Frontier Signal News & Insights

Get Hiring Right the First Time (Part 1)

Posted by Patty Kappmeyer on Feb 11, 2020 8:30:00 AM

Top Candidates Impact Business Performance

According to a Gallup research companies can significantly improve business performance when they hire top candidates. Specifically, when companies select the top 20% of candidates based on a scientific assessment, they frequently realize: 

  • 59% less turnover
  • 21% higher profitability
  • 10% higher customer metrics
  • 17% higher productivity
  • 41% less absenteeism
  • 70% fewer safety incidents

Bias Affects Hiring Decisions

Gallup's research in behavioral economics shows that hiring managers are not good at predicting who the right candidates are because of unconscious bias. Learned biases that hinder rational decisions include conformity bias, affinity bias, gender bias, age bias, to name a few, and all lead to bad hiring decisions. Numerous psychological studies related to this topic conclude that 90% of the hiring decision is emotional. Recent studies confirm that:

  • 46% of new hires will fail within 18 months.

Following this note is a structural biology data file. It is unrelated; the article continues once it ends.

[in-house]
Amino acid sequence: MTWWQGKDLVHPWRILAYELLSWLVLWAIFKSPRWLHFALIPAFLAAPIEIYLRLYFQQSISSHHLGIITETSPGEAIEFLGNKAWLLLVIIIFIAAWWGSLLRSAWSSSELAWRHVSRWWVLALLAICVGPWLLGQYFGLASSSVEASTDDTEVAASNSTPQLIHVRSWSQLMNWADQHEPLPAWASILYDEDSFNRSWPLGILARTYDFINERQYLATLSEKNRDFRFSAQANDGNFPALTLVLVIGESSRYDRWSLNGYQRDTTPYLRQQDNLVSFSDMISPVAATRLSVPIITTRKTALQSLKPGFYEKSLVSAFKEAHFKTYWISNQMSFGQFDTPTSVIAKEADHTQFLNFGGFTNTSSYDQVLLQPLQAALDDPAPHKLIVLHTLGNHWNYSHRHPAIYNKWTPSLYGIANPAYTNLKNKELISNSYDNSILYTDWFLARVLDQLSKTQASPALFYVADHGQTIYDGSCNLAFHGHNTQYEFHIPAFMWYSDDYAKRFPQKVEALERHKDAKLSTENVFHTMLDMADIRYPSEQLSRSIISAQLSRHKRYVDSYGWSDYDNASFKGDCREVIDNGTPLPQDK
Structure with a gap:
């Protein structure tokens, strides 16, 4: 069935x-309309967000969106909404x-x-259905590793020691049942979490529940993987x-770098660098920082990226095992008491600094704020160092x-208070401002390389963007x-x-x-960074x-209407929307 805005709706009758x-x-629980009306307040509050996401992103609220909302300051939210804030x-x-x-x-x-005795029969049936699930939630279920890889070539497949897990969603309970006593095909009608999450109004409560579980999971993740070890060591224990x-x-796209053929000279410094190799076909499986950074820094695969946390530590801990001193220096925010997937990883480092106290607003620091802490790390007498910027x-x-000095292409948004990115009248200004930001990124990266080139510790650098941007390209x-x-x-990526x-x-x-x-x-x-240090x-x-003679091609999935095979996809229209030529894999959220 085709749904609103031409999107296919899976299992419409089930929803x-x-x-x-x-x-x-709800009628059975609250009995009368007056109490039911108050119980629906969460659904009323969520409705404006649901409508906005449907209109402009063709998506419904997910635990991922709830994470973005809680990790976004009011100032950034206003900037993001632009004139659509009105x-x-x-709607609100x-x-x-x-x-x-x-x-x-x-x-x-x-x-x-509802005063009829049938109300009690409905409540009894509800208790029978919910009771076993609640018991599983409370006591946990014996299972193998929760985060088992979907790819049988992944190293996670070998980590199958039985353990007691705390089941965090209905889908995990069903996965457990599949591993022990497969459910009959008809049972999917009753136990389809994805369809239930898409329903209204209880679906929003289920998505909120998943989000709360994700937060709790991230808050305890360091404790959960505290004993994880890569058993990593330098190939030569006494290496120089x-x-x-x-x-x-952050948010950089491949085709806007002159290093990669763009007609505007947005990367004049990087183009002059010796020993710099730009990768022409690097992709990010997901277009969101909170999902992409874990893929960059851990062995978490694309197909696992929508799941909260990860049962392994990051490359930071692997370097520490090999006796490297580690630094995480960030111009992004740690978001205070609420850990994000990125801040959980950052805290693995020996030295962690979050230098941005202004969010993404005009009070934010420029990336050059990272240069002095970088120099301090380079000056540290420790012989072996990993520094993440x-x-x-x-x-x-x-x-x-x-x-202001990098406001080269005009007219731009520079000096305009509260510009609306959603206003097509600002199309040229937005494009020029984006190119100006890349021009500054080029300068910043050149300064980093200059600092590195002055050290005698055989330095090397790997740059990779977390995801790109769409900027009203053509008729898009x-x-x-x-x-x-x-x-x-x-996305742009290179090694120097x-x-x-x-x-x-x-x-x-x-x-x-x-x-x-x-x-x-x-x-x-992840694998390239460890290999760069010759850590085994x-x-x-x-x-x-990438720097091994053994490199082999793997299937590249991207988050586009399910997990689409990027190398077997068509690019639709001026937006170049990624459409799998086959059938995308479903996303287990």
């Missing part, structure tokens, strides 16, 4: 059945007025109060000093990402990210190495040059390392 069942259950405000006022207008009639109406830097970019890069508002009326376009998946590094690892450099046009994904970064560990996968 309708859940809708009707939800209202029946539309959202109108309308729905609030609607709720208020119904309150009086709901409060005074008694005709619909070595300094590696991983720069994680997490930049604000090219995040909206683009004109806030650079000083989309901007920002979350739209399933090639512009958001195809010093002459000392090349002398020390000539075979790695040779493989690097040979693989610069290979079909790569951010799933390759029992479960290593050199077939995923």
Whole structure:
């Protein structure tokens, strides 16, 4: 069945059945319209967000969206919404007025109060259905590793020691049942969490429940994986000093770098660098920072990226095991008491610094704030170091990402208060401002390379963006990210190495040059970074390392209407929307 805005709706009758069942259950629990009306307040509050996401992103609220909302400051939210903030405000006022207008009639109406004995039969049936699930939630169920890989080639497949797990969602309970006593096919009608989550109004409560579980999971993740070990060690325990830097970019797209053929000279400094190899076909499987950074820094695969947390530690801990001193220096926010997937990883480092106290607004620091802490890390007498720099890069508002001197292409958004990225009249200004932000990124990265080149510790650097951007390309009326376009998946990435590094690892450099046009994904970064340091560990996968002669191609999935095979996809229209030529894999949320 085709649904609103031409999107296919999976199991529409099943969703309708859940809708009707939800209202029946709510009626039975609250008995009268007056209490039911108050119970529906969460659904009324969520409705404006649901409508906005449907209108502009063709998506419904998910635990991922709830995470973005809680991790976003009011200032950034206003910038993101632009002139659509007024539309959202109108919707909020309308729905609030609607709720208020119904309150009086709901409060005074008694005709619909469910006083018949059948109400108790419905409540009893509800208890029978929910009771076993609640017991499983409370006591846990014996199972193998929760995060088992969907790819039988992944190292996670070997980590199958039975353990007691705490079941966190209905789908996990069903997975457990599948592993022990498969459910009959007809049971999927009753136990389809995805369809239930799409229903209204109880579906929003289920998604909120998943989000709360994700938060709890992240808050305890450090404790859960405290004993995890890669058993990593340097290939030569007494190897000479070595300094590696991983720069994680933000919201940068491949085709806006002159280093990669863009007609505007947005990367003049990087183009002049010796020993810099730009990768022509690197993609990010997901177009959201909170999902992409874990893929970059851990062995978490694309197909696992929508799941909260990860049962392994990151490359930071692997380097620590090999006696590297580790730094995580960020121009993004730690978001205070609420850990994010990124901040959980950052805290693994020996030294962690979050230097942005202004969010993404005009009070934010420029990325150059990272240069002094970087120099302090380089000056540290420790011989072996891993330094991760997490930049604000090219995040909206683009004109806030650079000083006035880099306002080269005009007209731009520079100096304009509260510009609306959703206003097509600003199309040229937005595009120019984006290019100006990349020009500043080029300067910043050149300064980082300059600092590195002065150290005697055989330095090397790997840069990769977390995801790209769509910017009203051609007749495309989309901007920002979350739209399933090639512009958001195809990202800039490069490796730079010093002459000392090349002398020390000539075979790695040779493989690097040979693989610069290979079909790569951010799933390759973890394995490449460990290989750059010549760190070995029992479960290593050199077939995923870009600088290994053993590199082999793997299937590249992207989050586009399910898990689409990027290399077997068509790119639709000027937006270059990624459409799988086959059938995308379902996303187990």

Source: 2015 Leadership IQ Study

    • The top five areas of failure: 
      • Interpersonal and soft skills such as coachability (26%)
      • emotional intelligence (23%)
      • motivation(17%)
      • temperament (15%) 
      • technical incompetence (11%)
  • 74% of hiring managers admitting to making a bad hire.  

Source: 2017 CareerBuilder Survey.

    • Employers in the survey described a bad hire as someone who:
      •  didn't produce quality work (5%)
      •  had a negative attitude (53%)
      • didn't work well with others (50%)
      • had immediate absentee problems (46%)
      • lacked abilities they claimed to have when hired (45%)  

Costs Associated with Decision-Making

Bad hiring decisions affect every type of organization from Fortune 500 and mid-market companies to state and local governments. Costs include turnover replacement costs productivity gains, lost revenue, lower morale, and diminished employer brand.